Data and facts are fundamental to every quality improvement effort. Without the facts, our problem-solving efforts are reduced to a “guessing game”.

Generating InformationWhat data-analysis tools (Pareto diagram, histogram, bar graph, etc.) do we envision using, and how will we communicate the results.

  • Formulate the question we’re trying to answer
  • Collect the data relating to that question
  • Analyze the data to answer the question
  • Clearly present the data to communicate the answer.

What is Involved in Data Collection?

  • What question are we trying to answer?
  • How will we recognize and communicate the answers to the questions?
  • What data-analysis tools (Pareto diagram, histogram, bar graph, etc.) do we envision using, and how will we communicate the results.
  • Where in the process can we get this data?
  • Who will give us this data?
  • How can we collect this data from these people with the minimum effort and chance of error?
  • What additional information do we need to capture for future analysis, reference, and traceability?

How to Collect Data

  • Formulate the precise question(s) relating to what information is needed
    • Discuss the difference between the following pair of questions:
      • Which will result in the most successful data collection effort?
        • a. Are the branch offices making errors that waste resources in our warehousing operation? OR
        • b. What percentage of orders received in the warehouse from our branch offices requires you to follow up with the salesperson or customer because the information was missing, conflicting, or incorrect on the order form?
  • Identify which data analysis tools will be used
    • Different analysis tools require different types of data. In general, there are 2 types of data:
      • Attribute: Data is placed in categories (conforming/non-conforming), types of complaints, defects, etc.) Analysis Tools for Attribute Data: Bar graphs, Pareto analysis, types of  Pie charts;
      • Variable:  Actual measurement values (Can also be categorized for use as Attribute data ). Analysis Tools for Variable Data: Line graphs, Histograms, Scatter diagrams
  • Define the collection point(s)
    • Should be at a point of minimum disruption to the operation
    • Make the entire scope of the operation being studied is considered
  • Select unbiased collector(s)
  • Understand the data collector(s) (Training & experience, amount of available time amount of physical handling, direct training or written instructions)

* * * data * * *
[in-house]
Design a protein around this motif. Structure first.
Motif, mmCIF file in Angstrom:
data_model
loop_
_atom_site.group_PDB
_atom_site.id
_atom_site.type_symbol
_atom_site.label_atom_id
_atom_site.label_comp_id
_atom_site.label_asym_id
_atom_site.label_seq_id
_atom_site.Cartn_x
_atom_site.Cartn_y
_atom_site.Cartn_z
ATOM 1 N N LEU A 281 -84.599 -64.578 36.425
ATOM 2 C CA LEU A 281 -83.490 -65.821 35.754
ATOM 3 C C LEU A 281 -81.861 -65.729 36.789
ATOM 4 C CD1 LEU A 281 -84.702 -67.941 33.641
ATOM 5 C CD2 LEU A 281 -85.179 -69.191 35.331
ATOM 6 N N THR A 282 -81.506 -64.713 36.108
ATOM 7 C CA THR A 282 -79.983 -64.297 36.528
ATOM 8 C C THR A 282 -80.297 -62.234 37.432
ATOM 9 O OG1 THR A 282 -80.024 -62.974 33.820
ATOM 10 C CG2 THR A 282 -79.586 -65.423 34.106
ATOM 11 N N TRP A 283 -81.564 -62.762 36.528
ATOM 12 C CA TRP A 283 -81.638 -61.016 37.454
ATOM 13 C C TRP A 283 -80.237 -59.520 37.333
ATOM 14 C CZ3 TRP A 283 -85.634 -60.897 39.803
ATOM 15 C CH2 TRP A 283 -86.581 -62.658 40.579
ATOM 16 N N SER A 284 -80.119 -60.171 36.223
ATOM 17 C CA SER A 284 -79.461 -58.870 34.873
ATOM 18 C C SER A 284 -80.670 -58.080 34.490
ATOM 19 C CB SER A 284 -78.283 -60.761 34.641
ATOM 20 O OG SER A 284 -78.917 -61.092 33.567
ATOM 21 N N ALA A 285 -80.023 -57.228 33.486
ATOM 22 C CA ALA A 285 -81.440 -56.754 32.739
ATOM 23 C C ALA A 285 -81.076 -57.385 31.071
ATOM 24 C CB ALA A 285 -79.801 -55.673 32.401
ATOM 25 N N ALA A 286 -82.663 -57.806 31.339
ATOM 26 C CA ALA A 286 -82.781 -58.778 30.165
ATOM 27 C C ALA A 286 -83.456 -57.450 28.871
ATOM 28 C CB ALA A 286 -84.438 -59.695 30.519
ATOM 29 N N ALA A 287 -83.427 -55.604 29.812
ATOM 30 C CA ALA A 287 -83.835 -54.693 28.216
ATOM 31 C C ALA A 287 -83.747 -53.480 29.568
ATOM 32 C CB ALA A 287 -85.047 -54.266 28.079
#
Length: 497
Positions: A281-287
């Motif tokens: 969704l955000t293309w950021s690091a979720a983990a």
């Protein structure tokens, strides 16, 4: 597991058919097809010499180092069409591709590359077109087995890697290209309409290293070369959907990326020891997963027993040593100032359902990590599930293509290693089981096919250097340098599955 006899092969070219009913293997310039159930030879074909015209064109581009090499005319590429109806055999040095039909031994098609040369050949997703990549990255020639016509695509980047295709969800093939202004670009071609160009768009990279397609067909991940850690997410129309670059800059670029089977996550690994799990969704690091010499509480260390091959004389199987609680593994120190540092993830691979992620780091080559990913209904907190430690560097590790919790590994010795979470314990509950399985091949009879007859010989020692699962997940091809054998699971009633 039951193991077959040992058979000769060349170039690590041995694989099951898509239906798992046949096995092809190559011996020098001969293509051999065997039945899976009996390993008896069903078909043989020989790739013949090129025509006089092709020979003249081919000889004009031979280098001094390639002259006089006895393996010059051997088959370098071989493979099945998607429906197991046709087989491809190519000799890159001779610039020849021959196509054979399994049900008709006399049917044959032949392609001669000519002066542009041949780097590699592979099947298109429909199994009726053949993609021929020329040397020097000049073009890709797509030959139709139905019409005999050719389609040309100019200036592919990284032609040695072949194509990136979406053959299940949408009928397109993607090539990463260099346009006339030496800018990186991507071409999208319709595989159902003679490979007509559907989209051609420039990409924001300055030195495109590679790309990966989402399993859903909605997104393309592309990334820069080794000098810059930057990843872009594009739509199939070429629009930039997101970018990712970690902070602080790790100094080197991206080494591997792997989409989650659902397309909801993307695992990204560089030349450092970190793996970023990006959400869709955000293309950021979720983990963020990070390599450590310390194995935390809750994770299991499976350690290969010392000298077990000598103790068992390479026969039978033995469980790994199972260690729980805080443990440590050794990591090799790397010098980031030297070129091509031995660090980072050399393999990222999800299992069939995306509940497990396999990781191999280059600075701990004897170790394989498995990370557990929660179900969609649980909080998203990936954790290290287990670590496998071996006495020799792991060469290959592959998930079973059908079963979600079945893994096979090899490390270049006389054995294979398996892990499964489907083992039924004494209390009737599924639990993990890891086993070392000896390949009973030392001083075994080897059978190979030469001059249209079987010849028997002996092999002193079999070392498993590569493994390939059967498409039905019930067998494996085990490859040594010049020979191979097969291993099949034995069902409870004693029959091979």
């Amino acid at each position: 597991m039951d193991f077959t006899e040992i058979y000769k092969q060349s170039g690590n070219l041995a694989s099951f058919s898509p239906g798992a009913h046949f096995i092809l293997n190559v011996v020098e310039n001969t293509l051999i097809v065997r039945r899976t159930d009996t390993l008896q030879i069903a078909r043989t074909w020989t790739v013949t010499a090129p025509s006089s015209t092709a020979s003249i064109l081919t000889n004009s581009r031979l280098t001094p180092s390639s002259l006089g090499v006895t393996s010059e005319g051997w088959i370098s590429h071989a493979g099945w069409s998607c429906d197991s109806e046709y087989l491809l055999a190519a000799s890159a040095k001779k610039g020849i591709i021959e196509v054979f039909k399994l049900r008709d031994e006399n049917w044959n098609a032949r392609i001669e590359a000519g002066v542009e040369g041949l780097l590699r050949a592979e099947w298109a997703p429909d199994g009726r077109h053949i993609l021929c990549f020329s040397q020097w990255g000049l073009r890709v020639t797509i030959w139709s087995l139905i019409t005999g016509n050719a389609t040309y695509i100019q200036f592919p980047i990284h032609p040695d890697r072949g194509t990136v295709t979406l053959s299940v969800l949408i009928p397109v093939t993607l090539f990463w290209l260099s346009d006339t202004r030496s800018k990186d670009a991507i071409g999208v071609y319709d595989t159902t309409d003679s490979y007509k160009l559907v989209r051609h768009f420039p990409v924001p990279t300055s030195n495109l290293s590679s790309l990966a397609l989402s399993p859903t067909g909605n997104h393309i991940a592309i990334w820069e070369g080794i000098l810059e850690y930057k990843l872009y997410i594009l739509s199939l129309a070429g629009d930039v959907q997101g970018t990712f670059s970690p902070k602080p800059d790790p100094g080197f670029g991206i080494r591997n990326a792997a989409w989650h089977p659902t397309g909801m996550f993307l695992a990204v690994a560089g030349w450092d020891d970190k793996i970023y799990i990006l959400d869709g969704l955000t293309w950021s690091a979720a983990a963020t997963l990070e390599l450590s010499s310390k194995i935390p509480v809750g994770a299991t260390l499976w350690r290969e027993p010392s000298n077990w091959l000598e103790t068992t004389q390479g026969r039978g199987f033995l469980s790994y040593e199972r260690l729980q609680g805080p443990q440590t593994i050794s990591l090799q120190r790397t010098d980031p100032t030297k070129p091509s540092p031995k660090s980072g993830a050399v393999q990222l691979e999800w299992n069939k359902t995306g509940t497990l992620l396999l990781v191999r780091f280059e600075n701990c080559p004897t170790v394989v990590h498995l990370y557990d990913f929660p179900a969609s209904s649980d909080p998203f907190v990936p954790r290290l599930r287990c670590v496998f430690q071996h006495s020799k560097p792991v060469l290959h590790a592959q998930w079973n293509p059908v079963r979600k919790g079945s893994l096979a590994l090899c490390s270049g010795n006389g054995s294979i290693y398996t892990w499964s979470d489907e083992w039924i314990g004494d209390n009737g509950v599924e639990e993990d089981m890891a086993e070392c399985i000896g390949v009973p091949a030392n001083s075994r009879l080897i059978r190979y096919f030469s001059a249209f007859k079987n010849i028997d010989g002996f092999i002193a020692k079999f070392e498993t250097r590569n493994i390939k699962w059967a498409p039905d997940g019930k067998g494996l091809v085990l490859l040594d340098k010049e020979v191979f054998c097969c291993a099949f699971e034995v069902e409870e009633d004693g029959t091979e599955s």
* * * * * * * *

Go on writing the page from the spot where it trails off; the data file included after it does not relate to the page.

• Prepare a simple data collection form
    • KISS (Keep it simple, stupid); Reduce opportunities for errors
    • Think ahead: Capture information for future analysis and reference
    • The form should be self-explanatory & look professional
    • Data recording must be easy.
      • Design the form with the collector’s needs in mind.
      • Remember that words mean different things to different people
  • Prepare instructions for use
  • Test the forms and instructions in the operational environment.
    • Following the test, cross-check that the data:
      • Will answer the question(s)
      • Covers all places, times & conditions of the process
    • The most common problems with forms are:
      1. Errors caused by misunderstandings about how to fill out the form
      2. Form designer did not understand all of the variables of the process
      3. Incomplete data because the form was too difficult to complete in the midst of problems.
      4. Incomplete or biased data because the people filling out the forms feared the information would be used against them.
  • Train the data collectors
    • Explain:
      • The purpose of the study
      • What you intend to do with the data
      • Meaning of every item on the form
      • The importance of complete and unbiased data
    • Show a properly filled out form and address any comments or questions
  • Audit the collection process and validate the results
    • Randomly review completed forms and observe the collection process
    • Validate results by checking the amount of data collected, look at missing or unusual observations, and look for patterns that may indicate biases.

Pitfalls in Data Interpretation

Part of the process being studied is left out of the data collection Data should be collected from all places, times, and conditions under which the process operates
The act of collecting the data may affect the process being studied. Test the form in the operational environment.
Attitudes and beliefs of the data collectors can color what they see and how they record it. Select unbiased data collectors, understand the data collectors and train them appropriately.
Failure to follow the established procedures Keep the form simple, prepare explicit instructions, test the form and instructions in the operational environment, & train the data collectors.
Missing data; Assuming that missing data looks like the collected data. Audit the data collection process to make sure that all data is being captured. If data is found to be missing at the end of the data collection process, extend the data collection process to compensate.
Errors in transcribing and processing the collected data Select individuals with the right skills & experience and train them. Audit data after transcription and again after processing.

Tips for Data Collection

  • Complete the Data Setup Sheet
    • Give the sheet a name and/or number
    • Assign responsibilities
  • Give plenty of time to plan the data collection
  • Continually ask yourself who, what, when, why, and where
  • Keep the objective (what you hope to find out) simple and don’t try to tack on too many other things

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